“I have spent many long nights reading and reading until a book is finally complete for my mind to fully relax and for my body to shut down to rest. Books like that are treasures to find.” The pure interest and passion in his voice was admirable. I’d not met someone as articulate and enthusiastic about something so particular before and it intrigued me. In normal circumstances I would have called myself quite the book worm, but within a minute of conversation with this man, my previous notions about myself were far from what I’d originally thought. I smiled in response and suddenly remembered why I was there in the first place.

            “Can I get you anything, sir?” I asked politely. My nerves were still intact but the conversation was gradually making them reduce enough for me to do my job properly.

            “Ugh, sir?” he scoffed, “Only men of authority should be addressed ‘sir’.”

            “I was just being courteous.” I added, feeling slightly embarrassed; no one had ever commented on me calling them sir or madam before.

            “Courtesy is to be polite or considerate. No one I have ever met who is addressed as ‘sir’ has deserved politeness or consideration from others.”

            “Then I apologise for my insensitivity.” I added quickly. I was starting to feel uncomfortable again with this new conversation as I wasn’t sure of how to respond to it. I wanted this to be over and for me to just take his order and return back to the safety of the Kara family.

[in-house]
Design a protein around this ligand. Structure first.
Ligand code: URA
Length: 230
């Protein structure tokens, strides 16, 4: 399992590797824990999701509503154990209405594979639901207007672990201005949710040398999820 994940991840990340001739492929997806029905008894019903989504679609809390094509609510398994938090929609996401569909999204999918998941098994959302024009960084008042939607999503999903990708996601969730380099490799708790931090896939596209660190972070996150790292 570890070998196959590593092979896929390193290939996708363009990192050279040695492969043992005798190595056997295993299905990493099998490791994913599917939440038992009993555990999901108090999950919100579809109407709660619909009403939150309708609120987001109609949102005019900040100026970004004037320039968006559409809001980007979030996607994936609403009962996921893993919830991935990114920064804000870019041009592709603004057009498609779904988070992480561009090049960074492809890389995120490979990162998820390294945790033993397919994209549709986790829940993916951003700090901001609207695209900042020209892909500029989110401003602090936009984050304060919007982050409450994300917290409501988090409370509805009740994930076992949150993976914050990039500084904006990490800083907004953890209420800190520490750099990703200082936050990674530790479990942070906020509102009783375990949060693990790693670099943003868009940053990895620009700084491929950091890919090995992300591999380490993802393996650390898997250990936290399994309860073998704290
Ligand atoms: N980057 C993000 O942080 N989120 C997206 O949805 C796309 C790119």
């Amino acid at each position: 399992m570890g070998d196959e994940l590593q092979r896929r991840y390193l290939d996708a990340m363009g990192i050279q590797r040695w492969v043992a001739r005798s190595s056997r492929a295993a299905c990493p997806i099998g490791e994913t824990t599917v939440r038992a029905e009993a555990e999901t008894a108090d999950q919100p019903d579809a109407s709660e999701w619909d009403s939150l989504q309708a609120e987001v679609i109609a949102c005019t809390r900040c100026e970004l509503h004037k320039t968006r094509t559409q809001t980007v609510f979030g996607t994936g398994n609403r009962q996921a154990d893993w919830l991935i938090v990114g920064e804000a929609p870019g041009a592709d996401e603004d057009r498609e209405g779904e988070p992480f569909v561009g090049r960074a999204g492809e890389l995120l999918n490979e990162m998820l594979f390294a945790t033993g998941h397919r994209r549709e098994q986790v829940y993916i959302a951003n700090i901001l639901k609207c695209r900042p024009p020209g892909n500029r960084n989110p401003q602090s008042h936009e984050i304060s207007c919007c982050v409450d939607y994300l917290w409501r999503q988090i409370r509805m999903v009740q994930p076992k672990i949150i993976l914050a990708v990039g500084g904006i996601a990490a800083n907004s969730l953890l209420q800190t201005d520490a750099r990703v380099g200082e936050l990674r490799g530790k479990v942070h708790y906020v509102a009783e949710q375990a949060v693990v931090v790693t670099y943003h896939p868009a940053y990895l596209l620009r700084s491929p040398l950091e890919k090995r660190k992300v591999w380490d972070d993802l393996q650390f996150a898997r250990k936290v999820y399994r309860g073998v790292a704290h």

“No, I apologise for my insolences and broad-minded opinions.” He apologised again, a hint of calmness returning in his voice, “I do not mean to make you feel discomfort in my presence.”

            “You’re not making me feel uncomfortable.” I lied. He chuckled under his breath and tilted his head to one side as he looked up at me intently.

            “I know you’re lying, but I won’t argue with you.” He responded smirking. I felt myself suddenly blush and found it difficult to keep my eyes on his. However, I fought my insecurities and forced myself to smile and be undefeated.

            “Is there anything I can get you?” I asked him again, purposefully removing the forbidden word from the scripted question. He smiled confidently in return.

            “What would you recommend?” he asked coyly.

            “Today’s lunch time special is a ham and mozzarella Panini with a side salad and a choice of either chips or jacket potato. We also have a wide selection of burgers which are very popular.” As I uttered each scripted word I knew how robotic I sounded and that it was obvious I had repeated this same phrase to customers all day. But the man continued to smile at me all the same.